Tailoring Defects in Hard Carbon Anode towards Enhanced Na Storage Performance

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The Open Access journal Energy Material Advances, published in association with BIT, is an interdisciplinary platform for research in multiple fields from cutting-edge material to energy science.

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Energy Material Advances’ editorial board is led by Feng Wu (Beijing Institute of Technology) and Jun Liu (University of Washington) and is comprised of experts who have made significant and well recognized contributions to the field.

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Expediting H2 Evolution over MAPbI3 with a Nonnoble Metal Cocatalyst Mo2C under Visible Light

Halide perovskites have been emerging as promising photocatalytic materials for H2 evolution from water due to their outstanding photoelectric properties. However, the lack of proper surface reactive sites greatly hinders the photocatalytic potential of these fascinating compounds. Here, Mo2C nanoparticles have been anchored onto methylammonium lead iodide (MAPbI3) as a nonnoble metal cocatalyst to promote H2 evolution reactions. The Mo2C nanoparticles have opposite zeta potential with MAPbI3 thereby electrostatically assembled onto the MAPbI3 surface, i.e., Mo2C@MAPbI3. Our results show that the anchored Mo2C nanoparticles have a strong interplay with MAPbI3 substrate so that photogenerated electrons of MAPbI3 can be rapidly separated and transferred into Mo2C for further H2 evolution reactions. Under optimal conditions, Mo2C@MAPbI3 delivers exceptionally high photocatalytic performance for visible light-driven H2 evolution that clearly outperforms pristine MAPbI3 and Pt-deposited MAPbI3. An apparent quantum efficiency as high as 12.65% at has been attained for H2 evolution, surpassing most of the MAPbI3-based photocatalyst reported. These results signify the usefulness and applicability of Mo2C as a new nonnoble metal-based cocatalyst in solar water splitting.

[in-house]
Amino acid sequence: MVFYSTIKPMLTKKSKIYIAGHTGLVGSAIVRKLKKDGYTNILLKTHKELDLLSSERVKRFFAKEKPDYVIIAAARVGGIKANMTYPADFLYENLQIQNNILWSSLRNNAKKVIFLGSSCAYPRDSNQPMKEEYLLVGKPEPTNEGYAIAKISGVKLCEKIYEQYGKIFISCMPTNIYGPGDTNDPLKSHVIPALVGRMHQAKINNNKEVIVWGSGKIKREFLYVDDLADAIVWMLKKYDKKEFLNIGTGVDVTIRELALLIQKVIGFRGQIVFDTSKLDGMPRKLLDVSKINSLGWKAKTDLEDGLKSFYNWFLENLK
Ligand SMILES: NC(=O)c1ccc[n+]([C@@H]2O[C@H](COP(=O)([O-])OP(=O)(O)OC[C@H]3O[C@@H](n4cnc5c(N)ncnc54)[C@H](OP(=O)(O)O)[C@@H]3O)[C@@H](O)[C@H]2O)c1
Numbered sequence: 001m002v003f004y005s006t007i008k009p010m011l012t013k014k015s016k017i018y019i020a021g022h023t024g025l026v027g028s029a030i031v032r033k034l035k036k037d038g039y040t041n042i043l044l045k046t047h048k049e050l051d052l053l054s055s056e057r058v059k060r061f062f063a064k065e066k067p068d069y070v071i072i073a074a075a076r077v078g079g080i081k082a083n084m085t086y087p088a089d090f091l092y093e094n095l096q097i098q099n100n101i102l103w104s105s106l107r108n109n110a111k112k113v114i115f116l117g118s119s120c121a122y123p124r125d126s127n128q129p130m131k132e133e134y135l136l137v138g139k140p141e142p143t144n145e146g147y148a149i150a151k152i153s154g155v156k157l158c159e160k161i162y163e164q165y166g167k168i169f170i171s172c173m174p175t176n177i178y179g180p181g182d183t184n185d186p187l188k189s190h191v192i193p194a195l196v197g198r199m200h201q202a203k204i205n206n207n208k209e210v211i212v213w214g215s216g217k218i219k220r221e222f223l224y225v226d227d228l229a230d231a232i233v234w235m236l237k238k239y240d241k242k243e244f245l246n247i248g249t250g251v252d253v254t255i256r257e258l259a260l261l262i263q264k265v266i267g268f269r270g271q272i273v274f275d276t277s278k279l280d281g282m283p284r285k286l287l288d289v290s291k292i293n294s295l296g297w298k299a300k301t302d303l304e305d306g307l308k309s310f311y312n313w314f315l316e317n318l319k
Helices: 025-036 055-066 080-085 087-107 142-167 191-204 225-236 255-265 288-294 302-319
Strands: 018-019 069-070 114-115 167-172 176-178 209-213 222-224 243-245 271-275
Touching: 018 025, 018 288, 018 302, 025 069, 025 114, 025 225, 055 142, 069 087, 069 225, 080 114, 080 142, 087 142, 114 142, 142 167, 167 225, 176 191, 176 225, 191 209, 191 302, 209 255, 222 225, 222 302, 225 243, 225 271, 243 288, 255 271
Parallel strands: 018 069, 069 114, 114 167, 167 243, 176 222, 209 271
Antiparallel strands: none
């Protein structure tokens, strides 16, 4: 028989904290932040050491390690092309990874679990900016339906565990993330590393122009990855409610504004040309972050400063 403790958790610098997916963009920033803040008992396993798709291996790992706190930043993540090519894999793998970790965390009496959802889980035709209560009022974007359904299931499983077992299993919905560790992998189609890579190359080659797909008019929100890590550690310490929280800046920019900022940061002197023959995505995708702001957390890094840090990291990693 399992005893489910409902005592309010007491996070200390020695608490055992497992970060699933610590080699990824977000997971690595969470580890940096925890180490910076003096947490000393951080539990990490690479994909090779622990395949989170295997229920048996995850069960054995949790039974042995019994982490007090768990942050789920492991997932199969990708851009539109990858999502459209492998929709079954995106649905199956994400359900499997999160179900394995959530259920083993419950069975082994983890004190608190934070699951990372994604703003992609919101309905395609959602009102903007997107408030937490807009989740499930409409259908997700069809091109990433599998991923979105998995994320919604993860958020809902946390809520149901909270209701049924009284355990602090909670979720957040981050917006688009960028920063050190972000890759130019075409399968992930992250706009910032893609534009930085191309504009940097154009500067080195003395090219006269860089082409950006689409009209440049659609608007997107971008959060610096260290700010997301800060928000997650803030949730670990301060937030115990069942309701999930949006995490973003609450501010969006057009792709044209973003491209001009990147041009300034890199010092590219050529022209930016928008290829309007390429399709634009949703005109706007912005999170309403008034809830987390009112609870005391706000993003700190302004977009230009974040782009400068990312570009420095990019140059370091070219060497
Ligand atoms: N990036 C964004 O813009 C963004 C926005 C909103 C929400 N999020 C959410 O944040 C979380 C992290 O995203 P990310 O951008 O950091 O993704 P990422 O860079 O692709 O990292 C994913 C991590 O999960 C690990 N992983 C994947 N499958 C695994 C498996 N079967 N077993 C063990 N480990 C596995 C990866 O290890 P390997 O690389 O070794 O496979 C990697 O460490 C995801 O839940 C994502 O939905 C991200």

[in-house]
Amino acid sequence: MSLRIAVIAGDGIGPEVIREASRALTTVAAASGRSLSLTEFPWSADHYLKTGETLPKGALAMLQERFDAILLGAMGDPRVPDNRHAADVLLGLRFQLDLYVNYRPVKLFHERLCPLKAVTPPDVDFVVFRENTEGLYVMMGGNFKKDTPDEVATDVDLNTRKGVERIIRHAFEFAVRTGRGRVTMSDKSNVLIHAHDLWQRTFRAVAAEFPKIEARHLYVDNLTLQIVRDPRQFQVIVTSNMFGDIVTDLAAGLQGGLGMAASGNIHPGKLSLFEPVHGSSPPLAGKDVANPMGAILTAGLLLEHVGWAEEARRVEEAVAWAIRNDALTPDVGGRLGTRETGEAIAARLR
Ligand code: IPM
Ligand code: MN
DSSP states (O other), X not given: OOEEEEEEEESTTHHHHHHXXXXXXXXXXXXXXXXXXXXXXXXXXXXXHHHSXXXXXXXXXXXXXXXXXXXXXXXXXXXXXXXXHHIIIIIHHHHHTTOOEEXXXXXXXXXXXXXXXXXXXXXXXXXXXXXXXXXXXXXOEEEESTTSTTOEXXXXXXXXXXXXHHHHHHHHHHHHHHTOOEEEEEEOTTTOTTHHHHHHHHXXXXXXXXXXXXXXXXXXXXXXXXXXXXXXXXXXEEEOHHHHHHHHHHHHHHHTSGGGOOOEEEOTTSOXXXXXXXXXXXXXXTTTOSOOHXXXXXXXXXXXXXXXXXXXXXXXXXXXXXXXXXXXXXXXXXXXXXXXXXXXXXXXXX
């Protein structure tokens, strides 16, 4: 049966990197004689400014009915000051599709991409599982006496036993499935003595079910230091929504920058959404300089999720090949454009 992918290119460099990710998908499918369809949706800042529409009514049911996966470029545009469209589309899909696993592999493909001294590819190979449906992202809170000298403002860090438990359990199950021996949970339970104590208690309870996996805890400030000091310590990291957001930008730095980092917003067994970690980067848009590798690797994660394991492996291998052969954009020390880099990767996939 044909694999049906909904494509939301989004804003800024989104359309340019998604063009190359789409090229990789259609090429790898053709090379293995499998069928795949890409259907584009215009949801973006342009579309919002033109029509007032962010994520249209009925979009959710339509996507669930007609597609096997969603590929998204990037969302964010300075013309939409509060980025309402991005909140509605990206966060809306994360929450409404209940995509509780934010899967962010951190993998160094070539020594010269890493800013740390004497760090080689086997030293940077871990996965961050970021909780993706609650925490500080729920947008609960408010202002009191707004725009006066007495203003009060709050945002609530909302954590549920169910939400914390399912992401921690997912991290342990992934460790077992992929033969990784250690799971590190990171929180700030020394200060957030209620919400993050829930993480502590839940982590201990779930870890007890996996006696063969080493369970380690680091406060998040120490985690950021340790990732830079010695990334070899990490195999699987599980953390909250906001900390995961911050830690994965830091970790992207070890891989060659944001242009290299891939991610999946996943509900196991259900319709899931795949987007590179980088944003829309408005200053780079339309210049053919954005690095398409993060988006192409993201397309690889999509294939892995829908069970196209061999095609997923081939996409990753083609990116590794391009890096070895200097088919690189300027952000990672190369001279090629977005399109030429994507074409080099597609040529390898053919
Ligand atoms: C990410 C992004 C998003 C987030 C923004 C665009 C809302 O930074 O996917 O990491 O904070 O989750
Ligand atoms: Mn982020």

Research Article

Solvent Effects on Kinetics and Electrochemical Performances of Rechargeable Aluminum Batteries

The rechargeable aluminum batteries (RAB) have shown great potential for energy storage applications due to their low-cost and superior volumetric capacity. However, the battery performances are far from satisfactory owing to the poor kinetics of electrode reactions, including the solid-state ionic diffusion and interfacial charge transfer. The charge transfer reaction, typically the cation desolvation at the interface (Helmholtz plane), is crucial for determining the interfacial charge transfer, which induces the solvent effect in batteries but has not been explored in RABs. Herein, we provide a comprehensive understanding of solvent effects on interface kinetics and electrochemical performance of RAB by analyzing the desolvation process and charge transfer energy barrier. The pivotal role of solvent effects is confirmed by the successful application of Al(OTF)3-H2O electrolyte, which displays easy desolvation, low charge transfer resistance, and thus superior Al-ion storage performance over other electrolytes in our studies. In addition, based on the strong correlation between the calculated desolvation energy and charge transfer energy barrier, the calculation of dissociation energy of ion-solvent complex is demonstrated as an efficient index for designing electrolytes. The in-depth understanding of solvent effects provides rational guidance for new electrolyte and RAB design.

Research Article

Tuning Exciton Recombination Pathways in Inorganic Bismuth-Based Perovskite for Broadband Emission